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“Santa Clarita Diet” Review: The Ups and Downs of a New Diet

In recent years, there have been an excessive amount of films and TV shows that were undead or zombie-themed. The most noticeable films are the sci-fi horror drama “28 Days Later” and the horror comedy “Shaun of the Dead” and the most popular zombie TV series being the horror drama “The Walking Dead.” Netflix’s half-hour horror comedy, “Santa Clarita Diet,” brings an alternative spin to the zombie themed premise and also presents itself as an absurdist family sitcom that is highly aware how free they are from the traditional constraints of network television. What the show has going for itself is its great set of actors and unique twist of a family sitcom. Although, there are some parts where the show falters particularly in the structure.
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The series centers on Sheila (Drew Barrymore) and Joel Hammond (Timothy Olyphant), a married couple that lives happily together as real estate agents with their teenage daughter, Abby (Liv Hewson) within the beautifully quaint suburban region of Santa Clarita. That is until Sheila feels ill, vomits profusely, dies for a bit, and then returns as part of the undead which seems like a normal start to a family sitcom. Surprisingly enough, Shelia is not like a zombie normally seen on “The Walking Dead” and abstains from killing and eating every human she sees. However, Sheila’s life does take a dark turn and she begins to eat human flesh but not in the normal instinctively undead way but in a way that boosts her confidence, audacity, and lust for Joel. Right after this turn, Joel realizes that she has changed and has become part of the undead and quickly discovers that she can only survive on the consumption of human flesh. Instead of running away in fear from her, Joel helps his wife find the most awful and despicable people for his wife to feast on all while trying to maintain the appearance and feel of a normal suburban family. As the show progresses the Hammonds realize that their lives will never be normal again.
Throughout each episode, it was pleasing to see how both Barrymore and Olyphant were able to click together as a married couple in an abnormal situation. In all the films that Barrymore has been in, she seems to be the unsure character in the scene. However, in this TV series as Shelia, she is mostly this sure character that goes through a dynamic change and brings this surreal courage while also balancing the humor and emotion of her character. As the show progresses through each episode, it was funny to see the irony of Barrymore’s character; Barrymore shows how Sheila feels alive in her personality when she turns towards her cannibalistic activities. Olyphant’s Joel presents a lighter side to Olyphant, which is different compared to Olyphant’s darker and more serious roles in past TV shows and films such as “Deadwood” and “Justified” and another zombie horror film, “The Crazies.” There are some moments where his execution of jokes tends to fall flat, however, Olyphant is able to break the normally troubled hero tone he conveys with this show. He is a more eccentric, comedic, and vulnerable person as Joel and is able to highlight all the complexities and triumphs in an experienced marriage. The viewer can understand how Joel is just trying to find a piece of normalcy in this hectic predicament. Shelia’s and Joel’s daughter, Abby, has the right amount of cheekiness, sarcasm, and humor that resembles a younger Ellen Page in “Juno.” Abby’s personality combined with her friendship with her neighbor’s awkward and nerdy teenage son, Eric (Skyler Gisondo) offers a great foil to the series.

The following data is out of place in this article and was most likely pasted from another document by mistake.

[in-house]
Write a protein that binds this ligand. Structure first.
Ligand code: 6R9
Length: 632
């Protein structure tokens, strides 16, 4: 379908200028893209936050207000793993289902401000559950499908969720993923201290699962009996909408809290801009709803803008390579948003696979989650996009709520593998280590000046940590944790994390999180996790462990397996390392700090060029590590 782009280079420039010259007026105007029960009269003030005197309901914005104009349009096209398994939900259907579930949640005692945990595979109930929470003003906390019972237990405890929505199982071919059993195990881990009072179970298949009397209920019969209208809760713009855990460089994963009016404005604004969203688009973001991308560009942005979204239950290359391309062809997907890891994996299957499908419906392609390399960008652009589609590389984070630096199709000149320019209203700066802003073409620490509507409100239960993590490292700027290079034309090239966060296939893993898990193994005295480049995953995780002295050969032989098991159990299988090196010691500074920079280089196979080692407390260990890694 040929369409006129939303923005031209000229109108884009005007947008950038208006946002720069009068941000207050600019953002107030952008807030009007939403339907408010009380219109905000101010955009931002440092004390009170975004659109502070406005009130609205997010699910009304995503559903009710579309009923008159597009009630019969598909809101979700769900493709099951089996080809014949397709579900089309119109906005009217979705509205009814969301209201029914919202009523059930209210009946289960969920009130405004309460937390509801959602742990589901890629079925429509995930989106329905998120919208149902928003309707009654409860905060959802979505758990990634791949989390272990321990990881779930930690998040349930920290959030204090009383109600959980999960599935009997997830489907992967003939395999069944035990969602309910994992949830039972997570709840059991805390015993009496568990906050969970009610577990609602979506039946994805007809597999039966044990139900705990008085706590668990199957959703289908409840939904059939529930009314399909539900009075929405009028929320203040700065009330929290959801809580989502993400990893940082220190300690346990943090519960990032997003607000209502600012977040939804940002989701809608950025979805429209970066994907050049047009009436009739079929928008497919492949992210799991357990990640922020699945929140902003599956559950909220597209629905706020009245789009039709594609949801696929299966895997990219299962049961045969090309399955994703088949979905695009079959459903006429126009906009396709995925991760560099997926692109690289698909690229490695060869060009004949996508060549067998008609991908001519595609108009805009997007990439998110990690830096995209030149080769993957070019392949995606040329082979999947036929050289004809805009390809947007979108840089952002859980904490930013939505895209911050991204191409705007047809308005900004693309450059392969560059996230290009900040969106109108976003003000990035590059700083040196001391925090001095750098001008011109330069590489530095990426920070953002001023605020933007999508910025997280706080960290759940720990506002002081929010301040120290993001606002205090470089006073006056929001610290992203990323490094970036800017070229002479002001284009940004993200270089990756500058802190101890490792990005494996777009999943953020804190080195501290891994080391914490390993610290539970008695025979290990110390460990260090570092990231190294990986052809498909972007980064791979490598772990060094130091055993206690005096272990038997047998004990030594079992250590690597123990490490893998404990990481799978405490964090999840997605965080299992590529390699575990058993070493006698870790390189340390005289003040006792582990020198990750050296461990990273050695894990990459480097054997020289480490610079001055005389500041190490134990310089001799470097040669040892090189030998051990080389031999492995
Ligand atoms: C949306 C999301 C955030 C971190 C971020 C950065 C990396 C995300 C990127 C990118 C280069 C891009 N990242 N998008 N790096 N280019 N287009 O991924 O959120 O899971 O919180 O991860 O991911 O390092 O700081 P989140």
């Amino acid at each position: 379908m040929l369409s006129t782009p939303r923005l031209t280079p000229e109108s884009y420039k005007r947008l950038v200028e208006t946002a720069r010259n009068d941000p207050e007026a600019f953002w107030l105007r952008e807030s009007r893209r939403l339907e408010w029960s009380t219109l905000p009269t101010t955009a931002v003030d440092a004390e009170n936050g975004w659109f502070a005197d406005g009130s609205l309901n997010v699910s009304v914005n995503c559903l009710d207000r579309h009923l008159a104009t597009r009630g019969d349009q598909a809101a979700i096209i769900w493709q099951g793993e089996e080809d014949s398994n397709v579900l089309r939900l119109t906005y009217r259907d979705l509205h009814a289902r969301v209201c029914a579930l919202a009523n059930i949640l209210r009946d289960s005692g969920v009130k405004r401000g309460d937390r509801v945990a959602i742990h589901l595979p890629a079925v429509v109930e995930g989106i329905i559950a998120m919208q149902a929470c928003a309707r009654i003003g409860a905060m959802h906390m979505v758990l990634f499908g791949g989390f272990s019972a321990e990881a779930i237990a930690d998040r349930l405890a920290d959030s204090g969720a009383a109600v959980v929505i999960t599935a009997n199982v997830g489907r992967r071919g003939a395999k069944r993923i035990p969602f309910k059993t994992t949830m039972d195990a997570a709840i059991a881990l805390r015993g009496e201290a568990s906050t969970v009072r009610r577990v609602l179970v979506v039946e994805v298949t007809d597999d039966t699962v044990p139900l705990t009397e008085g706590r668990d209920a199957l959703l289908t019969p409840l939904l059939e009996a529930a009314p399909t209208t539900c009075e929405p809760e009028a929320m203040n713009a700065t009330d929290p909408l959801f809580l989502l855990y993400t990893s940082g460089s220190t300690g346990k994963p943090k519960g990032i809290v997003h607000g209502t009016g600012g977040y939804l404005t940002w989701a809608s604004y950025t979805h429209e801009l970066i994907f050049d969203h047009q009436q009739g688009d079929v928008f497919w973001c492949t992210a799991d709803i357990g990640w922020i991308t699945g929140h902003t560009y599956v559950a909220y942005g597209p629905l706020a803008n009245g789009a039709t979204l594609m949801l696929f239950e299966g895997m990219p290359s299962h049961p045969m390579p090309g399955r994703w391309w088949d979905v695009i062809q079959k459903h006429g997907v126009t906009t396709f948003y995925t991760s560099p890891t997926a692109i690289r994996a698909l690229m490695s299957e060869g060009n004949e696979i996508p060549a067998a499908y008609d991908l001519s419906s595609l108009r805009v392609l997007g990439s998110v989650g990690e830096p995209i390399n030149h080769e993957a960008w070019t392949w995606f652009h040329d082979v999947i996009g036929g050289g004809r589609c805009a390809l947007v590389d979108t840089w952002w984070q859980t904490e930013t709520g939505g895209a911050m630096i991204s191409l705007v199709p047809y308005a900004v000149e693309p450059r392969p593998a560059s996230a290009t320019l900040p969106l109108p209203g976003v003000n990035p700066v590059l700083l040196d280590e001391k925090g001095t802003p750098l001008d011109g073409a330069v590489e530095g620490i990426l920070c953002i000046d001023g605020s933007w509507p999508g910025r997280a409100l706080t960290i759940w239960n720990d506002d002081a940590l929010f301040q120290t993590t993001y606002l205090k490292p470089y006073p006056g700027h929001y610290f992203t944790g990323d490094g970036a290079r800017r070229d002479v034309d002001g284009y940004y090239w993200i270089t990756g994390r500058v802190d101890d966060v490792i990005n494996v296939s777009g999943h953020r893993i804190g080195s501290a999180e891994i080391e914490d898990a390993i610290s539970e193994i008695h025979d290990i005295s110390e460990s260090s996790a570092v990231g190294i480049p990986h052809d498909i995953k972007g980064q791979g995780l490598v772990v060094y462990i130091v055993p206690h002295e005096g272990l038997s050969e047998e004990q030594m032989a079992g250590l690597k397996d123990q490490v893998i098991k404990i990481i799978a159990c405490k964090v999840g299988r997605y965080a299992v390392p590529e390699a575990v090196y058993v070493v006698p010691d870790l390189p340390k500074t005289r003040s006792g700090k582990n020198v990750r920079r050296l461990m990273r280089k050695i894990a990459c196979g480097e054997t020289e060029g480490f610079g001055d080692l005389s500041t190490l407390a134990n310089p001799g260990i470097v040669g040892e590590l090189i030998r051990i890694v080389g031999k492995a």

The show reflects an alternative depiction of a family sitcom normally seen on a normal network channel such as ABC, NBC, or CBS and a pack with bloody action sequences seen on HBO or AMC. Some of the faults of the show are the pace and structure of the plot. There were some moments where the pace would slow and rush unexpectedly, especially in the middle of the season. The mystery and the root of Sheila’s current nature are not the central focus until the second half of the season. Santa Clarita Diet overall is still the right mixture of humor, horror, and heart that highlights a new side of Barrymore and a lighter comedic tone for Olyphant. The series just needs to improve the pace and structure of the plot. I give it a B.
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Santa Clarita Diet Review: The Ups and Downs of a New Diet. Photo courtesy of Entertainment Weekly.

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